Dawn of a new
ice age

The Lee Valley Ice Centre aims to be the UK’s most sustainable. LDA Design’s Joanna Asia Milewska explains how. 

LDA Design is responsible for a £1.5m landscape transformation to realise the site’s ecological potential and let typical marshland species recolonise the site. The ambition is to make nature and climate resilience part of the visitor experience.

Most acknowledge that when it comes to climate, nature recovery and creating greater social equity, business as usual isn’t enough. Innovation and new thinking are needed at every turn.

The Lee Valley Ice Centre (LVIC) which opened in north east London in the summer aims to be the most sustainable ice centre in the UK.

The new building replaces a near window-less 1980s single rink venue that had reached the end of its operational life. The LVIC now provides two Olympic-sized ice rinks, suitable for elite skaters as well as everyone else, a gym, studios, café and community space. It doubles capacity to over half a million people a year.

A significant investment that’s a clear win for the community. So far, so good. If the story ended there it would be a good one, but in almost every way, the LVIC story is one of reinvention.

The site is adjacent to the River Lea in Waltham Forest and to Walthamstow Marsh Nature Reserve which is one of the last remaining examples of London’s once widespread floodplain grasslands. The old centre with its amenity lawns and extensive car parking never belonged to the history of the place. LDA Design is responsible for a £1.5m landscape transformation to realise the site’s ecological potential and let typical marshland species recolonise the site. The ambition is to make nature and climate resilience part of the visitor experience.

With Expedition Engineering, we have designed a system to re-use ice melt, saving up to six million litres of water a year.  This sets a benchmark for future ice rink developments.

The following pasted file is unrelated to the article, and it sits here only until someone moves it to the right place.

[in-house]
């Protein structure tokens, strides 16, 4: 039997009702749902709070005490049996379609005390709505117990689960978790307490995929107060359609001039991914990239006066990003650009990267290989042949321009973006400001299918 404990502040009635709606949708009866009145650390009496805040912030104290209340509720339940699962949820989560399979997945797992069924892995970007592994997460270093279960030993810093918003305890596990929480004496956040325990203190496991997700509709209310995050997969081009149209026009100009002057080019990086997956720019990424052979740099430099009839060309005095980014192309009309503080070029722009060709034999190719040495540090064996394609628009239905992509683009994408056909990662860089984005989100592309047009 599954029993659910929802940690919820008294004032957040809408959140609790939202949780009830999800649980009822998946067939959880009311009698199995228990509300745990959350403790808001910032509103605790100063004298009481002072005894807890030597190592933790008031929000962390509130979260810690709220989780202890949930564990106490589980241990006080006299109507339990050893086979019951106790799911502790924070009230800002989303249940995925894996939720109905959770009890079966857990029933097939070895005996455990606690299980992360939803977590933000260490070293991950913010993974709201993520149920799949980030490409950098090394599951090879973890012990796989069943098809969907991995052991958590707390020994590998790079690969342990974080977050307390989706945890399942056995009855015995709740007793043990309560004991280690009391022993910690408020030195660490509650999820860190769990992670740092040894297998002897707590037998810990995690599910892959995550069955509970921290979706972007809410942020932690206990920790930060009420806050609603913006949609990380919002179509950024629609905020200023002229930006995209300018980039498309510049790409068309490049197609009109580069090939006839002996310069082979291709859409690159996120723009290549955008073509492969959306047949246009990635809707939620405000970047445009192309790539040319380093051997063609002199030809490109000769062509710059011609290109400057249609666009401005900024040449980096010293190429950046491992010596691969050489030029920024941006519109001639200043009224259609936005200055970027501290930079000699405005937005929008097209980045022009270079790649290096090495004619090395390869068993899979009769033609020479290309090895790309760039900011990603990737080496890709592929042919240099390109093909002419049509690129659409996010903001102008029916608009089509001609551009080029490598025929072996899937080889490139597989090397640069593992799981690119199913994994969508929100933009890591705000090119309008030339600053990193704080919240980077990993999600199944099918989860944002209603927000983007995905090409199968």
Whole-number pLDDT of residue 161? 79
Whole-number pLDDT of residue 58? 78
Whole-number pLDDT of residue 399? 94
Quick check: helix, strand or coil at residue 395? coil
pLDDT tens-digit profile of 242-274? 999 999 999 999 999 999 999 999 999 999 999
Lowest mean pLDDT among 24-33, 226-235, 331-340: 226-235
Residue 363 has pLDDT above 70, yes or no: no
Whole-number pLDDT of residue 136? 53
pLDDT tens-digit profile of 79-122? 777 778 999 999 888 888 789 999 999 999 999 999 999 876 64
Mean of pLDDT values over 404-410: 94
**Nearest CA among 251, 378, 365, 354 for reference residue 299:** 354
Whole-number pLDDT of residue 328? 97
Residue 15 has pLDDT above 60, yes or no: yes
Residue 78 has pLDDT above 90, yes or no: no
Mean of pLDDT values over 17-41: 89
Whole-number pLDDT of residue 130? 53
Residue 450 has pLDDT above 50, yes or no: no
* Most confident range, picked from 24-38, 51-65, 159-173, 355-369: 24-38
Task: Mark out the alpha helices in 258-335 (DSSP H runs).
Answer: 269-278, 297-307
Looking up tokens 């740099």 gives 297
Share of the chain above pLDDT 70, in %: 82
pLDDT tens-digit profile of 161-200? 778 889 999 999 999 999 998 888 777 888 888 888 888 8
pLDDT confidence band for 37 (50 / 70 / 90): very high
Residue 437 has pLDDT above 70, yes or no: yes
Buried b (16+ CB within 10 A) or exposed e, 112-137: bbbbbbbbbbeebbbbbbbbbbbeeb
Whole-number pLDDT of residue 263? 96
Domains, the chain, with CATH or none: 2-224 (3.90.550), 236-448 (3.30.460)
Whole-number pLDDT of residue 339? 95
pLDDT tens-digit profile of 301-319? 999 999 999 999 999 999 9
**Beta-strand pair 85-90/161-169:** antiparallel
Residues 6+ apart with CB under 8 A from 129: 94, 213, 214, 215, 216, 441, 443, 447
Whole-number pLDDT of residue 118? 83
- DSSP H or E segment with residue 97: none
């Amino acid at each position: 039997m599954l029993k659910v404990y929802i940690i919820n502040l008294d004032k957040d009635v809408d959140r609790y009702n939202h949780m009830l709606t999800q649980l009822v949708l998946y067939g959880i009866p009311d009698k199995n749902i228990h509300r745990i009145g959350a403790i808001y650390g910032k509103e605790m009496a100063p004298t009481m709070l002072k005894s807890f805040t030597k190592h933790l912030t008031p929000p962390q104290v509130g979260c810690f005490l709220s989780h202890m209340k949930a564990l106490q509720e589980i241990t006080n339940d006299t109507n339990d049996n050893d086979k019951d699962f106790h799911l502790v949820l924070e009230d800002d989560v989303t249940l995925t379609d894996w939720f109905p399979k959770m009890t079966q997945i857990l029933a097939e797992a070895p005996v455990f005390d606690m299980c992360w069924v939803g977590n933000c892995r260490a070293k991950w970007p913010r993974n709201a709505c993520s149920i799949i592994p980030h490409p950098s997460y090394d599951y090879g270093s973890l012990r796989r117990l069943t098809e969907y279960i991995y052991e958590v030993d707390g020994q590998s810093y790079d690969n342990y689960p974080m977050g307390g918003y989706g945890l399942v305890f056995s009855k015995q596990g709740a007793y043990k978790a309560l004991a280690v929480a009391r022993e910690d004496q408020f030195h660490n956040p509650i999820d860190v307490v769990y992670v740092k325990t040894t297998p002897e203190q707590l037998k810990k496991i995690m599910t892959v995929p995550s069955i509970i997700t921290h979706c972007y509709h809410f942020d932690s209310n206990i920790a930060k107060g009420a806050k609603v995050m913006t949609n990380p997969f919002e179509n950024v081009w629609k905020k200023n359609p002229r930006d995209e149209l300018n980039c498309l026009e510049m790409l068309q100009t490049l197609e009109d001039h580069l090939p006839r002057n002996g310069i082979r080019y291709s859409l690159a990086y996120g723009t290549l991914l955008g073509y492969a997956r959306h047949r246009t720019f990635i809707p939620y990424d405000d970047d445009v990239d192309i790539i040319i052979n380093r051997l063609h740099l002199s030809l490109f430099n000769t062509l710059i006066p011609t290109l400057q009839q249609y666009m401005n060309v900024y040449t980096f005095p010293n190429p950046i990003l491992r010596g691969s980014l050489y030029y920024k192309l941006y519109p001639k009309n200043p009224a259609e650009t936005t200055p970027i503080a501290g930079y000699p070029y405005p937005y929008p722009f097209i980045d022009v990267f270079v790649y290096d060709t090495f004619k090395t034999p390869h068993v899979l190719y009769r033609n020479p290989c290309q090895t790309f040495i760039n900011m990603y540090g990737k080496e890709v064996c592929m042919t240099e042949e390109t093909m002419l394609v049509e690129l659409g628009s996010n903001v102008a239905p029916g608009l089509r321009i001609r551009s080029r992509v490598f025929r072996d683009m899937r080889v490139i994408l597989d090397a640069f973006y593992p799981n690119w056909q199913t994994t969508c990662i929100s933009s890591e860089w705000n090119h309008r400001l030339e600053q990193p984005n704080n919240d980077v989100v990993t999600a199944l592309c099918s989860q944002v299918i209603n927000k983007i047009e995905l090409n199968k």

Both the stunning new building, by architects FaulknerBrowns, and the landscape have been designed to use water carefully and recycle wherever possible. This includes, for the first time ever in the UK, the ice melt water. In a busy rink, the ice is resurfaced up to 10 times a day, scraping off the top layers to create a smooth surface. Up to 16m3 of ice shavings will be created each day from these two ice rinks. The old ice centre disposed of the shavings in the traditional way, discharging the melt water into the sewerage system.

With Expedition Engineering, LDA Design has designed a system to re-use the ice melt from the new centre, saving up to six million litres of water a year.  This sets a benchmark for future ice rink developments.

The ice melt will be treated by filtering through constructed wetlands with ecologically rich ponds, including two ponds at the main entrance to the Ice Centre. They all feature plants native to the marshes which lie just behind the Centre. A mixture of open water and surface leaf cover, as well as shallow banks and vertical plants, are attracting birds and mammals and will provide breeding habitat and cover from predators.

The cleaned water will create a fresh flow to improve water quality in a currently near-stagnant oxbow lake on the River Lea, following final approval from the Environment Agency. Oxygenation of water in the lake will greatly support efforts by the Lee Valley Regional Park Authority to reintroduce the European otter there.